01 As discussed elsewhere on the Queensberry,
and Enterkin Pass web galleries the actual place where the
Clyde first takes it's name and becomes "the Clyde"
is a bit of an enigma. In Glasgow for example it was commonly
held that the source of the River Clyde was Tinto
Hill. There is also a more realistic saying that the Rivers
and Clyde all rise from the same hill and there is a Clyde Law
(OS Ref. NT027171) which is certainly near the sources of the
Tweed and Annan Rivers though there is a short descent and ascent
in between. Clydes Burn runs west off Clyde Law, runs past a place
called Little Clyde and joins the conjoined waters of Daer and
Potrail just south of Elvanfoot (OS Ref. NS963155). But I think
the odds have got to be very firmly on the place you are looking
at in these pictures (OS Ref NS 954137).
Near the left side of the picture above you can see a blue asterisk
at the meeting point of the Daer Water (coming from the top right
corner of the picture) and the Potrail Water (coming in from the
right side of the picture). There is a third "water"
running down to meet the other two at their junction, and this
is the Glenochar Burn which you see entering the picture from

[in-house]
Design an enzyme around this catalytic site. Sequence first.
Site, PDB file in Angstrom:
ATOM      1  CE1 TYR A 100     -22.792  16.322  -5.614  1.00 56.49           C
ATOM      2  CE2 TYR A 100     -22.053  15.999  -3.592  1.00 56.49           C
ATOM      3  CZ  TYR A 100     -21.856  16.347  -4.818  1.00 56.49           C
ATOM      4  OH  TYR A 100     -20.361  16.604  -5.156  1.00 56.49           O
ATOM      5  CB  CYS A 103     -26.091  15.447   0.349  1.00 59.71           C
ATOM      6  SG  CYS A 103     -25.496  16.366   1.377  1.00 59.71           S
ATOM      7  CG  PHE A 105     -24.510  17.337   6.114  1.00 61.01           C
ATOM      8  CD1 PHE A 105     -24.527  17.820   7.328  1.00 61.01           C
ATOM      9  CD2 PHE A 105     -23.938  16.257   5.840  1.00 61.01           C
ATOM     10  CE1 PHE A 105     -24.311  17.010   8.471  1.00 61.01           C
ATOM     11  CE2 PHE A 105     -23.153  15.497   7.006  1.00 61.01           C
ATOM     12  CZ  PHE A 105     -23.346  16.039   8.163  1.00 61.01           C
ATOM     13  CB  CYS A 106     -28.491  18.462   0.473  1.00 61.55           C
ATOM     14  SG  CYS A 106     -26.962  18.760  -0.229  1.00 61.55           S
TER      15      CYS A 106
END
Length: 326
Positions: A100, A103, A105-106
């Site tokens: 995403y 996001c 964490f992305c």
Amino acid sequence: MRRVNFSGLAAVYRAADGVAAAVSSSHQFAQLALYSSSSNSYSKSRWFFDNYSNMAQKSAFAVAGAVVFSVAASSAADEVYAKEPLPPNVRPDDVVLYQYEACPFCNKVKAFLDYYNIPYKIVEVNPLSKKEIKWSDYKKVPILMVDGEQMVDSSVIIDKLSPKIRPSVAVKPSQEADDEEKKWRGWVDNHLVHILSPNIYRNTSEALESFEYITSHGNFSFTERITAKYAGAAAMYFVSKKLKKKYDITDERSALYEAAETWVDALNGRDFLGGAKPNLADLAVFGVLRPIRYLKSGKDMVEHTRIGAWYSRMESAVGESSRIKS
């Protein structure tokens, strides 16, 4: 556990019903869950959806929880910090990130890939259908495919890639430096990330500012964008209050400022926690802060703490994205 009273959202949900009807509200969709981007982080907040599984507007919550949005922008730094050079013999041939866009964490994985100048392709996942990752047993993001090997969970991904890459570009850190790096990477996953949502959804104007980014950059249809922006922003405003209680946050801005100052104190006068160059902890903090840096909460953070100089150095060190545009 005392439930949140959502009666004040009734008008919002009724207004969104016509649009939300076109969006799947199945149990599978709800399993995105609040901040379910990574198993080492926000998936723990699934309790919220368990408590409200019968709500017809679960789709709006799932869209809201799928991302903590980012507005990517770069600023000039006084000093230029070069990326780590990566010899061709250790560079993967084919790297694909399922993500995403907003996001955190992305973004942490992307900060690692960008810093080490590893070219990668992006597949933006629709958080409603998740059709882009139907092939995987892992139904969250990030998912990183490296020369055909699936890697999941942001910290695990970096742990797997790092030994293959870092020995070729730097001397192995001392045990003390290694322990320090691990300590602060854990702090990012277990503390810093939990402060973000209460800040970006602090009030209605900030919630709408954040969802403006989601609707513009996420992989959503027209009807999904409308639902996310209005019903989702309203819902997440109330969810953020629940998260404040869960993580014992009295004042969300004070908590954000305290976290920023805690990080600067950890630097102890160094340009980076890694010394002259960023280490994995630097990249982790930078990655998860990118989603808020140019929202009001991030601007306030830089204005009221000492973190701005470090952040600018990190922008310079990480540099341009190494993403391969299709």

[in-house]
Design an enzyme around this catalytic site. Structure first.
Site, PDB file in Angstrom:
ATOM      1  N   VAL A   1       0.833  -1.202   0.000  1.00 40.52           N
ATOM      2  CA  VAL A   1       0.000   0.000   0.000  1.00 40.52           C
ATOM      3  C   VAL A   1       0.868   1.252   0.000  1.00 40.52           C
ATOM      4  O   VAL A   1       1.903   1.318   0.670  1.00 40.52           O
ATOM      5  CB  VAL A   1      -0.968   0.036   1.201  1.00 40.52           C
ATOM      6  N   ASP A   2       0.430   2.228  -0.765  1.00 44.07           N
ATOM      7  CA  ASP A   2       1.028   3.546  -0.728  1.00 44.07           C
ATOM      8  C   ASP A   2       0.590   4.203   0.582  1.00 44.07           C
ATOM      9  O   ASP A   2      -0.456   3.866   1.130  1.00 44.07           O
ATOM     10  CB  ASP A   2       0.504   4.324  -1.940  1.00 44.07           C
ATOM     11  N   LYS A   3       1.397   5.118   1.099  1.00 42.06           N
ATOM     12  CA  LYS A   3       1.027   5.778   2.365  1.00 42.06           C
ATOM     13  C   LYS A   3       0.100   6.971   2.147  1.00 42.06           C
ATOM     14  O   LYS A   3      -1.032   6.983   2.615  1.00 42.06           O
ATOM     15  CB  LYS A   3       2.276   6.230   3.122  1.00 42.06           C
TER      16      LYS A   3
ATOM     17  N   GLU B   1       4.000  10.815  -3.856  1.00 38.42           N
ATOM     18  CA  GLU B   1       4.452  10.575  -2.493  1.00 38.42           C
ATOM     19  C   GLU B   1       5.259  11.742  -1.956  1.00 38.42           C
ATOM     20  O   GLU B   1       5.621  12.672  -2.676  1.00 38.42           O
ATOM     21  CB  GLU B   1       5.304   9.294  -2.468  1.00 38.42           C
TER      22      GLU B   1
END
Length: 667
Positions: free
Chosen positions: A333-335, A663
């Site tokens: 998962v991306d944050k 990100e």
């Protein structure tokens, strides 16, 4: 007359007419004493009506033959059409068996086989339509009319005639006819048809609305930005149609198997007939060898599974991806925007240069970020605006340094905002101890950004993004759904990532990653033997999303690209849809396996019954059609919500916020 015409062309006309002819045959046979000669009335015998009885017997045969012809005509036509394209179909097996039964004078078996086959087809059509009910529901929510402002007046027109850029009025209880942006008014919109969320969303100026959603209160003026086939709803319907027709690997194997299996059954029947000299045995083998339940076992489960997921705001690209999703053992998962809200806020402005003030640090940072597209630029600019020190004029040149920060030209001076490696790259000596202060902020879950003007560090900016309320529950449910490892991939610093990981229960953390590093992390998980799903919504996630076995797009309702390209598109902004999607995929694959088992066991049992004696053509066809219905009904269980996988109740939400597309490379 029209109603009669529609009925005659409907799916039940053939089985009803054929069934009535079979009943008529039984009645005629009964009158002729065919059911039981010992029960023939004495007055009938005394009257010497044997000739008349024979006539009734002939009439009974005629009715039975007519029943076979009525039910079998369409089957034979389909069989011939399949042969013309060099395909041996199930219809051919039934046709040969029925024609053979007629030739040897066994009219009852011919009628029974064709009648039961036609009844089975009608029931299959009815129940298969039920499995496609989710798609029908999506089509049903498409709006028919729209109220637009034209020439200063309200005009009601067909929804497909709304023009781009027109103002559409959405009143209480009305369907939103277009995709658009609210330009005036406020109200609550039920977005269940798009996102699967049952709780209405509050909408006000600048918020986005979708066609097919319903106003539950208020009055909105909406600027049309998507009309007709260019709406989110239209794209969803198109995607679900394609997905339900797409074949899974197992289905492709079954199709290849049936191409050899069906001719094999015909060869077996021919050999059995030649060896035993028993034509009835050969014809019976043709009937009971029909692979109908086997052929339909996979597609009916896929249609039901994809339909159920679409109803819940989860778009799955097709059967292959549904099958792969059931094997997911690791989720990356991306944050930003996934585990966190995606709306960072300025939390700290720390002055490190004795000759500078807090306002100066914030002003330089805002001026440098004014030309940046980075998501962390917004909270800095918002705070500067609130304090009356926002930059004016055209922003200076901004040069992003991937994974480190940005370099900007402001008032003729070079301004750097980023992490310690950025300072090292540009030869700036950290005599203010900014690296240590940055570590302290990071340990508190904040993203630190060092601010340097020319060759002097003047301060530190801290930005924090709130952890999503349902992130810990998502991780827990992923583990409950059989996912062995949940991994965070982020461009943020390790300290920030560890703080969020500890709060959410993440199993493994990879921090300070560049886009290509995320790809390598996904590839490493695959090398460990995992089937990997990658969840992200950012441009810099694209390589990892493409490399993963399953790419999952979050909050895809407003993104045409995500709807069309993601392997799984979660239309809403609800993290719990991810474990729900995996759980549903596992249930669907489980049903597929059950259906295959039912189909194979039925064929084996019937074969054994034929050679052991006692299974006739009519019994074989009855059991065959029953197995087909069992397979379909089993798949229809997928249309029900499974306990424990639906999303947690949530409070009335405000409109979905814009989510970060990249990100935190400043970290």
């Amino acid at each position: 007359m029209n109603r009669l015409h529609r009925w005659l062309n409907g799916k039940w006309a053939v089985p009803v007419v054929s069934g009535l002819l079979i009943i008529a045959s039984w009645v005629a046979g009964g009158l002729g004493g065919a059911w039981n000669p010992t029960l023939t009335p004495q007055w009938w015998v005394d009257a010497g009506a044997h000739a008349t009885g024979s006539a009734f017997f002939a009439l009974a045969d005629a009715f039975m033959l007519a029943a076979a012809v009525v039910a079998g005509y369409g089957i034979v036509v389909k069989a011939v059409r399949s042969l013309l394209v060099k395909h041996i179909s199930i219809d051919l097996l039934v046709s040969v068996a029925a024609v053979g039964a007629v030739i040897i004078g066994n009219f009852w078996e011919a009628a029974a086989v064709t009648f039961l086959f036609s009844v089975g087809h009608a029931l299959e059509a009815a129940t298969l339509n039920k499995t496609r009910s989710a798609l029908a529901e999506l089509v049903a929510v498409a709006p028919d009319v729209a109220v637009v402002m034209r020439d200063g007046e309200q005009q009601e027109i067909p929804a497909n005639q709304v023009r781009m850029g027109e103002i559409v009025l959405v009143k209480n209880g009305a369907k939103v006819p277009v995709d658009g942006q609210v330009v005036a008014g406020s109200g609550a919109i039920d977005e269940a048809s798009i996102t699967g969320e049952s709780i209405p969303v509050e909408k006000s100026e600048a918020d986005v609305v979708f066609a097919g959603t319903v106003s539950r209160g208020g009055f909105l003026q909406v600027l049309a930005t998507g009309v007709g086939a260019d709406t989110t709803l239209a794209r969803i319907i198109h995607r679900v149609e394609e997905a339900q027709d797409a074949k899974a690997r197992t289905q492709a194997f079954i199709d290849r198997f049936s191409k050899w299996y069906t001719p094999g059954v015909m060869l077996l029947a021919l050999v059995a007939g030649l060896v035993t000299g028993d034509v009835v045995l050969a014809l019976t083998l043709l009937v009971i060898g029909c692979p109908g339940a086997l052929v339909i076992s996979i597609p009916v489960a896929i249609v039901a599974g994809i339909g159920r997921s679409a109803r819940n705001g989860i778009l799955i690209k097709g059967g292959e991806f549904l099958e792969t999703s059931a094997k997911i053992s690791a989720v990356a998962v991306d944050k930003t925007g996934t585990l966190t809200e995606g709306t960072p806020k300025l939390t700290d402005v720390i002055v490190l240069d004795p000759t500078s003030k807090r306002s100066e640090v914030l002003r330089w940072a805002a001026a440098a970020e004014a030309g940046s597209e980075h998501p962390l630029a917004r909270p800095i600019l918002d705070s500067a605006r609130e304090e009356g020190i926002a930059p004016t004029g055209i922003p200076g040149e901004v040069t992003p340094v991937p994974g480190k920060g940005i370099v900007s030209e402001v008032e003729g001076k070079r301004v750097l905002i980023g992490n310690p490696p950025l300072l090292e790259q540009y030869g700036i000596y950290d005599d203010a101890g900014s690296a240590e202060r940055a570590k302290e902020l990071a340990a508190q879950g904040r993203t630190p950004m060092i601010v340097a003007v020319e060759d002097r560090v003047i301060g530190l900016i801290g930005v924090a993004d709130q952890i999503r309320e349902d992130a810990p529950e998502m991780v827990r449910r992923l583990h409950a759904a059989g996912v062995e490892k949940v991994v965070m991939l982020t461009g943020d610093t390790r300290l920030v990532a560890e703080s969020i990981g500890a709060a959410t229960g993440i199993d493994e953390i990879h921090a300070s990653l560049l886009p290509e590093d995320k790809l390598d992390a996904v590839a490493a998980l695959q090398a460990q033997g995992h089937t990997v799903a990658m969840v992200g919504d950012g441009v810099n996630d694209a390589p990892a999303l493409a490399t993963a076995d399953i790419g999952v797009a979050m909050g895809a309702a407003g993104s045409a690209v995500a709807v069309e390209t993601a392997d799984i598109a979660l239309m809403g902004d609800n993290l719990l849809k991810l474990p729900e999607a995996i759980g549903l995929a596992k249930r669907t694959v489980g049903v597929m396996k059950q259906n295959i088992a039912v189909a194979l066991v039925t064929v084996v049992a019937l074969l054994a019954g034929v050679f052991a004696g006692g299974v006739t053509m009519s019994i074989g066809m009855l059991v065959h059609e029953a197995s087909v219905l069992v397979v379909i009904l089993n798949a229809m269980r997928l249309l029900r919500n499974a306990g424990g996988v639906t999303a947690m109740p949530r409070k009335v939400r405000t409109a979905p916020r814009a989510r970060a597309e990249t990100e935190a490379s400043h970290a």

the bottom right corner and passing under the A702 road - which
is the other thin band of light running across the picture from
right to left and nearer to us. Glenochar farmhouse, among the
trees, is at the roadside where the Glenochar Burn runs under
it. The red asterisk shows where there is a visitor's car park
for visiting Glenchochar
Bastle and Fermtoun which of course you could also use to
visit the source of the Clyde. To get from there down to the meeting
of the waters you walk east along the road past Glenochar farmhouse,
over the Glenochar Burn, and in at the gate just beyond it on
your right. Check out the map
in the Dun Law web gallery for a larger view of the area than
is given in the maps below.
So just by the left edge of this picture is where the River Clyde
is born though as you can see in the Ordnance Survey maps below
there always seems to be an element of doubt - even Ordnance Survey
seemed to go along with the idea of Clyde Law being the source
as you can see below and for most people the Ordnance Survey is
the ultimate arbiter on such matters.